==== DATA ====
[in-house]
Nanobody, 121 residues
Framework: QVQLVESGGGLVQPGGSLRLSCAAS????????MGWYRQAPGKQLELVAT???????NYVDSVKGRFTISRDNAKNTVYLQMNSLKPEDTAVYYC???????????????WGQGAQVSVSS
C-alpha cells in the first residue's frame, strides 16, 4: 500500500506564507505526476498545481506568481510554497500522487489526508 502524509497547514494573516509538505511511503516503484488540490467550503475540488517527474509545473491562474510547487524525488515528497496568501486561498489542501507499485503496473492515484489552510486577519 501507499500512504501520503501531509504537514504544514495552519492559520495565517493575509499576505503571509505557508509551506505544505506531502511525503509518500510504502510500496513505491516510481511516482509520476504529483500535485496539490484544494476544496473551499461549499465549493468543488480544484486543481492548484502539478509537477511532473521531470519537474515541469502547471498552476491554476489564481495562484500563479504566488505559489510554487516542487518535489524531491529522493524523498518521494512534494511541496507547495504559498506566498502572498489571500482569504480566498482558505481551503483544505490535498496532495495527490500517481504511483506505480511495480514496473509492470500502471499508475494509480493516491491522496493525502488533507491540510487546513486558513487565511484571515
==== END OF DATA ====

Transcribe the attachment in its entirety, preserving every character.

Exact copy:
[in-house]
Nanobody, 121 residues
Framework: QVQLVESGGGLVQPGGSLRLSCAAS????????MGWYRQAPGKQLELVAT???????NYVDSVKGRFTISRDNAKNTVYLQMNSLKPEDTAVYYC???????????????WGQGAQVSVSS
C-alpha cells in the first residue's frame, strides 16, 4: 500500500506564507505526476498545481506568481510554497500522487489526508 502524509497547514494573516509538505511511503516503484488540490467550503475540488517527474509545473491562474510547487524525488515528497496568501486561498489542501507499485503496473492515484489552510486577519 501507499500512504501520503501531509504537514504544514495552519492559520495565517493575509499576505503571509505557508509551506505544505506531502511525503509518500510504502510500496513505491516510481511516482509520476504529483500535485496539490484544494476544496473551499461549499465549493468543488480544484486543481492548484502539478509537477511532473521531470519537474515541469502547471498552476491554476489564481495562484500563479504566488505559489510554487516542487518535489524531491529522493524523498518521494512534494511541496507547495504559498506566498502572498489571500482569504480566498482558505481551503483544505490535498496532495495527490500517481504511483506505480511495480514496473509492470500502471499508475494509480493516491491522496493525502488533507491540510487546513486558513487565511484571515